Medicare and Medicaid are two of the hot button issues of the political season.
Some people want to cut these programs; others want to leave them untouched.
Seven million people use Medicare and Medicaid in Texas. And while no one wants to lose the benefits, there's a lot of frustration with the way the programs work.
Twenty years ago, Frances Moore had a paralyzing stroke. Her daughter Nancy has been taking care of her ever since.
She watches as her mother's skin tears become more frequent, and watching health care change.
Medicare? Frances is on that.
Medicaid? Because they're poor, she's on that, too.
Managed care? Because Medicaid is now a managed care program run by a company, Frances is also on that.
Frances Moore can't live without Medicare and Medicaid. But Nancy Moore will tell you that sometimes, it's hard to live with them, too.
"Cuts. Cut anything, cut everything. Deny, deny, deny. If you present evidence that your claim should be honored, they just change the subject. They say stuff that doesn't make sense. They go down the rabbit hole," Nancy Moore said.
The "rabbit hole" in this case is a box of documents that Nancy keeps, studies and memorizes. A box on fire with contradictions within Medicare and Medicaid... over what the plans say they'll provide (as opposed to what they really provide).
Case in point: Latex gloves... a few pennies a pair.
"They're commonly called, in the industry, 'universal precautions,'" Nancy Moore said.
She would like to get gloves from Medicaid, because she changes dressings on her mom's cuts, cleans blood off the floor, and changes her diapers.
"Gloves are cheap," Nancy said. "They reduce further cost because they reduce infection."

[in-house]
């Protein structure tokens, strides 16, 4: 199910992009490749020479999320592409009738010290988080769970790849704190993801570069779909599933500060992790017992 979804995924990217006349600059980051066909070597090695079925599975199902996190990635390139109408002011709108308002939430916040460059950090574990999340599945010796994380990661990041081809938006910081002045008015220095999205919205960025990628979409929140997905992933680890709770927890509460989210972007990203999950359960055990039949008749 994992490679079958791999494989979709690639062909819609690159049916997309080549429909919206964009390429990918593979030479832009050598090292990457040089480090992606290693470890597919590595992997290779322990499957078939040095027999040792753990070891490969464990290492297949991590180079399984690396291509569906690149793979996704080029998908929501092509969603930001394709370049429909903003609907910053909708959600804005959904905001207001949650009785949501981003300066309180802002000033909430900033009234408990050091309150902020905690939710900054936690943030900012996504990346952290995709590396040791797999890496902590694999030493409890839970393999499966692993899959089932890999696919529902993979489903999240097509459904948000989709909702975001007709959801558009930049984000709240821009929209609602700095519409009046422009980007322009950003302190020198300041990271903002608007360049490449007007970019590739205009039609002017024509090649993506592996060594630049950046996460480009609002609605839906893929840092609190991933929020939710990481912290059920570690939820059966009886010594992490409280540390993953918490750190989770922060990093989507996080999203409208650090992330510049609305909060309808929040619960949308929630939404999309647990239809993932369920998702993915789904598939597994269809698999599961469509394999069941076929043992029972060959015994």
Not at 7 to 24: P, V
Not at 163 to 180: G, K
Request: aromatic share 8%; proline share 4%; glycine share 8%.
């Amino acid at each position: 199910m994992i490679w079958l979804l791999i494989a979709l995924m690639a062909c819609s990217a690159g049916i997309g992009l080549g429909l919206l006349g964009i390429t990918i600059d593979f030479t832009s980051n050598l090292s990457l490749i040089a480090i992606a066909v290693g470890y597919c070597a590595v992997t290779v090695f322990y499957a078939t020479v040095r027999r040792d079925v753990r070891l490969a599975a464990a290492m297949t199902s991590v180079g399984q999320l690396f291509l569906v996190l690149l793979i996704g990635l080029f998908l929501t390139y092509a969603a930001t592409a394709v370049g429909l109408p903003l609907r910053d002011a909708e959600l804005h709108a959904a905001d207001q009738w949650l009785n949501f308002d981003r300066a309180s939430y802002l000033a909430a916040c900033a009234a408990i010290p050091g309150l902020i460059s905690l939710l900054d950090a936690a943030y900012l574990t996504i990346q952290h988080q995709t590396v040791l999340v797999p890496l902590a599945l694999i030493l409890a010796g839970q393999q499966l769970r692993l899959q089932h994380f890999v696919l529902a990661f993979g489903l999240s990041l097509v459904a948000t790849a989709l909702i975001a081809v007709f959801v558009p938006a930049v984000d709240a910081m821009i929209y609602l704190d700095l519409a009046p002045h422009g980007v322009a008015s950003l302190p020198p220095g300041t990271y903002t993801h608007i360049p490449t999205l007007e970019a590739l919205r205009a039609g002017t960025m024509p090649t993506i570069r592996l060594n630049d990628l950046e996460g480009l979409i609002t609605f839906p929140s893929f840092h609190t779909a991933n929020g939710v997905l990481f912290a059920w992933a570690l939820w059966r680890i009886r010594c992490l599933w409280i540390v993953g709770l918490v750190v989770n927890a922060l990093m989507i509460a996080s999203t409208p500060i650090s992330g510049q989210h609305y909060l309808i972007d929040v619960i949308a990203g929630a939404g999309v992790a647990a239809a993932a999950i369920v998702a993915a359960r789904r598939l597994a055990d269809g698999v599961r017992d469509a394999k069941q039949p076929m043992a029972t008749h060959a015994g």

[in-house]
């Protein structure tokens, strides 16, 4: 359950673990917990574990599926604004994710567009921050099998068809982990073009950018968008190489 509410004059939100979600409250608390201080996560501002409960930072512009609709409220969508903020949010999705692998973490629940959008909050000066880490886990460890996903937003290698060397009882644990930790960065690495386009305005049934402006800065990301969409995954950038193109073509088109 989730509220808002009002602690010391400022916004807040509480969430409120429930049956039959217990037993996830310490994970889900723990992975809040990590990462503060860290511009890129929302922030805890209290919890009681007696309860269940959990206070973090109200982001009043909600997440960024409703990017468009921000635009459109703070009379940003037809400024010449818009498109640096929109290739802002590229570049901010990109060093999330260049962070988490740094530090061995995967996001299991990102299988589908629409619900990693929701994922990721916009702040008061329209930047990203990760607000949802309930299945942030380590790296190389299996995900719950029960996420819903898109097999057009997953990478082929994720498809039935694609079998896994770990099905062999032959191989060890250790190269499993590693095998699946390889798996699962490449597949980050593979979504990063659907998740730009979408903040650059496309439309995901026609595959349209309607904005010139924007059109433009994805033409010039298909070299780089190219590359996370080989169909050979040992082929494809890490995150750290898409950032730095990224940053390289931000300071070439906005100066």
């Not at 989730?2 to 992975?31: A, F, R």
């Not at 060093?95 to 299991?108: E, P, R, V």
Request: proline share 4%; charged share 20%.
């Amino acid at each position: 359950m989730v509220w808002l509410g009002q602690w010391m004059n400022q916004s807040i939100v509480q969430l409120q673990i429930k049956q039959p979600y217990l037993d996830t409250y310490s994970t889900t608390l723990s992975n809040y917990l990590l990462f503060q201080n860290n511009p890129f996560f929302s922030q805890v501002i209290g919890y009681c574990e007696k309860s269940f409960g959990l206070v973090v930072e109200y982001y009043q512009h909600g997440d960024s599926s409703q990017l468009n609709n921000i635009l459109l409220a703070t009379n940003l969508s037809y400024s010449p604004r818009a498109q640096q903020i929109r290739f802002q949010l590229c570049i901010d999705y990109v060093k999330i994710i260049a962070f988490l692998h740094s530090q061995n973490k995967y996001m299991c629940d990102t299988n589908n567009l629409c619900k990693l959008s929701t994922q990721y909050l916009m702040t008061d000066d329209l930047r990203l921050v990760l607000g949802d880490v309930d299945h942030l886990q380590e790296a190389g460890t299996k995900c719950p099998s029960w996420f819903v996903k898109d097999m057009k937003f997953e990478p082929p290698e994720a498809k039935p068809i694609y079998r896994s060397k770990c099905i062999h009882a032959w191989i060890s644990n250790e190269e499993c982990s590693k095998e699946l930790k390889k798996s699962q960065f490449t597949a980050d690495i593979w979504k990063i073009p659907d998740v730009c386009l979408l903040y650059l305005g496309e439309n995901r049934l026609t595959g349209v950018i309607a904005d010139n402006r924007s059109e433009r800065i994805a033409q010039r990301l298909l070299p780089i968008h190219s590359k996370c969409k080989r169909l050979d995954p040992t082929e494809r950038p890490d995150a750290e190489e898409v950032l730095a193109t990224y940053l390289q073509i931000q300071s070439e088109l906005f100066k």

Gloves used to be covered under Medicaid, but no more... even though Nancy has found contradicting policies in three Medicaid handbooks.
"I think the main thing that has changed is the interpretation of the rule book, and inconsistencies interpreting the rule book," she said.
On the other hand, there's barrier cream, which Frances Moore doesn't need. ""hey give us this stuff, oh yeah," Nancy said.
Frances has a potty chair, which Nancy got with the financial help of a neighbor because she feared her mom would fall in the bathroom and hurt herself.
Her Medicaid managed care organization offered to build a new bathroom.
"They were going to demolish the shower, put in a brand-new shower, tear out walls, put in a new floor," Nancy said. "I said ultimately, none of that really changes her access to the bathroom."
Medicaid's solution cost $3,000.
Nancy's solution was $80 out of pocket.
On any given day at the Scenario Adult Day Care Center, Elizabeth Perez has dozens of Medicaid patients like Frances Moore. She needs gloves, too.
"When it comes to the family member, then they have to do without," she said.
But should gloves be included? "Absolutely," Perez said. "It would be very helpful."
Nancy Moore sopped up her mom's blood to appeal her case for gloves to her managed care organization which runs Medicaid.
The appeal was denied.
Nancy Moore and Elizabeth Perez share the same frustrations and fears for the people they care for.
They don't want Medicare and Medicaid to go away; they just wish it all made more sense.